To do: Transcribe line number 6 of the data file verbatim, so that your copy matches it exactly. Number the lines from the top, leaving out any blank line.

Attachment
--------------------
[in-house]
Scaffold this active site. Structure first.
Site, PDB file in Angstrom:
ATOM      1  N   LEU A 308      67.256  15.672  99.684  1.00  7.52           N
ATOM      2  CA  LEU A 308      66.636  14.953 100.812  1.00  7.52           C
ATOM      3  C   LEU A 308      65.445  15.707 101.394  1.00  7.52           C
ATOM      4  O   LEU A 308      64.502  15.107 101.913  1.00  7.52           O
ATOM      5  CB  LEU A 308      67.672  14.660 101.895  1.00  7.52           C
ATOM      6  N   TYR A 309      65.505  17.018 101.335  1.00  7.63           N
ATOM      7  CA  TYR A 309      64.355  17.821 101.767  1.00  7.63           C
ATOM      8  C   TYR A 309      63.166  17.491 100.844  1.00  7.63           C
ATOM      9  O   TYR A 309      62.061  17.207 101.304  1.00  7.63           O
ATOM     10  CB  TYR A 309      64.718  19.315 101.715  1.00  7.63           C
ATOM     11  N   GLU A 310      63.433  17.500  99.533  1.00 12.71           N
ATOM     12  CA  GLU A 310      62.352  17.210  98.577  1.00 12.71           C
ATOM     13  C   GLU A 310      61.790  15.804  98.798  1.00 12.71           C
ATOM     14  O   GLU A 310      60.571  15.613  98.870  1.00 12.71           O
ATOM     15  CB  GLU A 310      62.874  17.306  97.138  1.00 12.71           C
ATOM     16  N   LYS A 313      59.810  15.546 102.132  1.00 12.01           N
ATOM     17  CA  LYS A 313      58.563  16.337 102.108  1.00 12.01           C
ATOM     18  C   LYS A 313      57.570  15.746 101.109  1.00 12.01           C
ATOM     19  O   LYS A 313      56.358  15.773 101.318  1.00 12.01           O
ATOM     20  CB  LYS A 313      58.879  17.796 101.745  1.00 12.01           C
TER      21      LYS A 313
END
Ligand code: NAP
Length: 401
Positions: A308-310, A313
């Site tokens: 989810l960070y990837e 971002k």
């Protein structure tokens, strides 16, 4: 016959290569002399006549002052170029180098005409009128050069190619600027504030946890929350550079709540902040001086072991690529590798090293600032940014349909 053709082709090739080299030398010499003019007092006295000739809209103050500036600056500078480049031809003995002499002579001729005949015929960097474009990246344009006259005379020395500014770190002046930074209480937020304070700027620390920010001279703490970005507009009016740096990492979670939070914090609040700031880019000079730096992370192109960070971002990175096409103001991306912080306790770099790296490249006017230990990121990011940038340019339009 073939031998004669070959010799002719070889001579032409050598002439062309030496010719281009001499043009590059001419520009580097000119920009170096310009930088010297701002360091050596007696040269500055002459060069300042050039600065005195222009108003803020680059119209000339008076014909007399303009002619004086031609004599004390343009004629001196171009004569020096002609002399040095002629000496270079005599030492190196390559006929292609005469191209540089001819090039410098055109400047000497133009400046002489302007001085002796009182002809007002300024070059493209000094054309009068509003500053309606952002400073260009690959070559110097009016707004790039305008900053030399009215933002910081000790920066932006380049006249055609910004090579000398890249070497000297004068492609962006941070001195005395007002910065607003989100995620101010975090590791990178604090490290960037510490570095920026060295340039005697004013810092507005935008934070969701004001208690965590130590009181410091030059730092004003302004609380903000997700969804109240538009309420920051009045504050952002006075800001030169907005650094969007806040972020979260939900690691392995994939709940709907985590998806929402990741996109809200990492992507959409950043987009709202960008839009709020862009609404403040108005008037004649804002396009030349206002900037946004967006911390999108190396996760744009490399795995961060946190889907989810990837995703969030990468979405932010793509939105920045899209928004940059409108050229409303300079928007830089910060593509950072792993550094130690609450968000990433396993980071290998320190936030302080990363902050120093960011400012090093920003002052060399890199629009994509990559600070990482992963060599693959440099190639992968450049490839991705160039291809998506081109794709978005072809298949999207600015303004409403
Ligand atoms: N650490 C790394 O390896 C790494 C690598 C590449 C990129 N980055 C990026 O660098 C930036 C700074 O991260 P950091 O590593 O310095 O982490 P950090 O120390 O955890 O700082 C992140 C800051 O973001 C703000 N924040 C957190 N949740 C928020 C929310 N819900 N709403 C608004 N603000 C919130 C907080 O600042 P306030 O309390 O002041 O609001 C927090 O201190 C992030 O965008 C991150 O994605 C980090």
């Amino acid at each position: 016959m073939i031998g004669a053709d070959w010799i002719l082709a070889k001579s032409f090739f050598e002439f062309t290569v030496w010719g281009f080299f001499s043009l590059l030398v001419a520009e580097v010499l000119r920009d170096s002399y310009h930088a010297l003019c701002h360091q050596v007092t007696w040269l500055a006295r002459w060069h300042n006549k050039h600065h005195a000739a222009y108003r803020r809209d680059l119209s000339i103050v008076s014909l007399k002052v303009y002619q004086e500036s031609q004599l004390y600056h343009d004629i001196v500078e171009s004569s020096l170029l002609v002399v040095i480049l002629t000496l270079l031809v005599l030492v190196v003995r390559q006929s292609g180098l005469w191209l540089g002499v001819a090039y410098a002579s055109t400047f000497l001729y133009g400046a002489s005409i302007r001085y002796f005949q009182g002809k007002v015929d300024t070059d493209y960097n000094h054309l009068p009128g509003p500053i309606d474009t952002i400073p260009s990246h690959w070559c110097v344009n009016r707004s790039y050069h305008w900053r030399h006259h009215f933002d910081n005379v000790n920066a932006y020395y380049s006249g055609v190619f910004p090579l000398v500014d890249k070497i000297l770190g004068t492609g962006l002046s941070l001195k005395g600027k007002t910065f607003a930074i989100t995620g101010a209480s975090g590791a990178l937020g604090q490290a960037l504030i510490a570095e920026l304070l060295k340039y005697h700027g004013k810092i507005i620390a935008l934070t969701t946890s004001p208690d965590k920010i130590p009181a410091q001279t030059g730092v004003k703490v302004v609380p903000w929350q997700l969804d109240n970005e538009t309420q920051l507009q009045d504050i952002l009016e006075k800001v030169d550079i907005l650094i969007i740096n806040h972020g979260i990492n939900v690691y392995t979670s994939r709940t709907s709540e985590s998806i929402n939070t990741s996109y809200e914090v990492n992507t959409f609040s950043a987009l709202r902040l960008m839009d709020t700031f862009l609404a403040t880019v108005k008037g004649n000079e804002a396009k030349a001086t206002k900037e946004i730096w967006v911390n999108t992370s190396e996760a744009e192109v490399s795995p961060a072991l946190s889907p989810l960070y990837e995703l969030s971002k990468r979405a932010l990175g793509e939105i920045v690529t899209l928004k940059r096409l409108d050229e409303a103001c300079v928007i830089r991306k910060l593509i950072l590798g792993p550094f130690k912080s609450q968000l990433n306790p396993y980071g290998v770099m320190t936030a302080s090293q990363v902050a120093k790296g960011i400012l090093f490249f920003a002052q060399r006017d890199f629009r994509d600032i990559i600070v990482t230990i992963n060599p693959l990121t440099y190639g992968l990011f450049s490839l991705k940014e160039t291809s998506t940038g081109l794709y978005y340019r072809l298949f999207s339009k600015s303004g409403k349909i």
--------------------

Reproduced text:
ATOM      3  C   LEU A 308      65.445  15.707 101.394  1.00  7.52           C